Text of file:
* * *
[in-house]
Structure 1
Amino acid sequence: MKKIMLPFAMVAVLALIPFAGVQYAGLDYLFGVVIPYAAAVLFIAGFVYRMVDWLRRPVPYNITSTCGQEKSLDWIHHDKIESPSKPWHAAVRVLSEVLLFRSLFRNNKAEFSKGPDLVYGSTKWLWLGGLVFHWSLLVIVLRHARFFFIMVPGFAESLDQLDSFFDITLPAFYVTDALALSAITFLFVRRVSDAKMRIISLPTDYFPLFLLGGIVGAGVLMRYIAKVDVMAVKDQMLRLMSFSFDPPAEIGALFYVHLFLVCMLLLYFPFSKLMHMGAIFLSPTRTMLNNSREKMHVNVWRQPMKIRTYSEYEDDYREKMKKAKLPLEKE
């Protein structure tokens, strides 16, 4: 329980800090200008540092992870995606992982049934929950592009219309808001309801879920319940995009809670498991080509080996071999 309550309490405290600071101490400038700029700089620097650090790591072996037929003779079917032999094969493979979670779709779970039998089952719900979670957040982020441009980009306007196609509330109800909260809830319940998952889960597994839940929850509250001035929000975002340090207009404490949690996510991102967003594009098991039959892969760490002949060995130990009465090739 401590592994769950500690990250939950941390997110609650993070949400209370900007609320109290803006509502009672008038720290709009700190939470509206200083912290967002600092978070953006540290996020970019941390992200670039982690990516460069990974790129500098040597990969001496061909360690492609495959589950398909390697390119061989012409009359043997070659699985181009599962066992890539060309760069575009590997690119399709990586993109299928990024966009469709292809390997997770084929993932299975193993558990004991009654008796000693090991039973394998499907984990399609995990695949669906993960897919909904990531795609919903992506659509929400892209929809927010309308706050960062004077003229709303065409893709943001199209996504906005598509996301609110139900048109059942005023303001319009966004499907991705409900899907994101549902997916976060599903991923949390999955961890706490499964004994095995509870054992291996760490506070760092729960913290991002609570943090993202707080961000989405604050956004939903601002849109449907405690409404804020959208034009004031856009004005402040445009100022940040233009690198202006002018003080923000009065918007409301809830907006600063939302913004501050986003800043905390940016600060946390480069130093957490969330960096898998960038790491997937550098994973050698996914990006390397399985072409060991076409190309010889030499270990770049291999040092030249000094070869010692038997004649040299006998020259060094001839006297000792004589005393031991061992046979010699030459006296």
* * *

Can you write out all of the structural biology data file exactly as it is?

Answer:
[in-house]
Structure 1
Amino acid sequence: MKKIMLPFAMVAVLALIPFAGVQYAGLDYLFGVVIPYAAAVLFIAGFVYRMVDWLRRPVPYNITSTCGQEKSLDWIHHDKIESPSKPWHAAVRVLSEVLLFRSLFRNNKAEFSKGPDLVYGSTKWLWLGGLVFHWSLLVIVLRHARFFFIMVPGFAESLDQLDSFFDITLPAFYVTDALALSAITFLFVRRVSDAKMRIISLPTDYFPLFLLGGIVGAGVLMRYIAKVDVMAVKDQMLRLMSFSFDPPAEIGALFYVHLFLVCMLLLYFPFSKLMHMGAIFLSPTRTMLNNSREKMHVNVWRQPMKIRTYSEYEDDYREKMKKAKLPLEKE
């Protein structure tokens, strides 16, 4: 329980800090200008540092992870995606992982049934929950592009219309808001309801879920319940995009809670498991080509080996071999 309550309490405290600071101490400038700029700089620097650090790591072996037929003779079917032999094969493979979670779709779970039998089952719900979670957040982020441009980009306007196609509330109800909260809830319940998952889960597994839940929850509250001035929000975002340090207009404490949690996510991102967003594009098991039959892969760490002949060995130990009465090739 401590592994769950500690990250939950941390997110609650993070949400209370900007609320109290803006509502009672008038720290709009700190939470509206200083912290967002600092978070953006540290996020970019941390992200670039982690990516460069990974790129500098040597990969001496061909360690492609495959589950398909390697390119061989012409009359043997070659699985181009599962066992890539060309760069575009590997690119399709990586993109299928990024966009469709292809390997997770084929993932299975193993558990004991009654008796000693090991039973394998499907984990399609995990695949669906993960897919909904990531795609919903992506659509929400892209929809927010309308706050960062004077003229709303065409893709943001199209996504906005598509996301609110139900048109059942005023303001319009966004499907991705409900899907994101549902997916976060599903991923949390999955961890706490499964004994095995509870054992291996760490506070760092729960913290991002609570943090993202707080961000989405604050956004939903601002849109449907405690409404804020959208034009004031856009004005402040445009100022940040233009690198202006002018003080923000009065918007409301809830907006600063939302913004501050986003800043905390940016600060946390480069130093957490969330960096898998960038790491997937550098994973050698996914990006390397399985072409060991076409190309010889030499270990770049291999040092030249000094070869010692038997004649040299006998020259060094001839006297000792004589005393031991061992046979010699030459006296």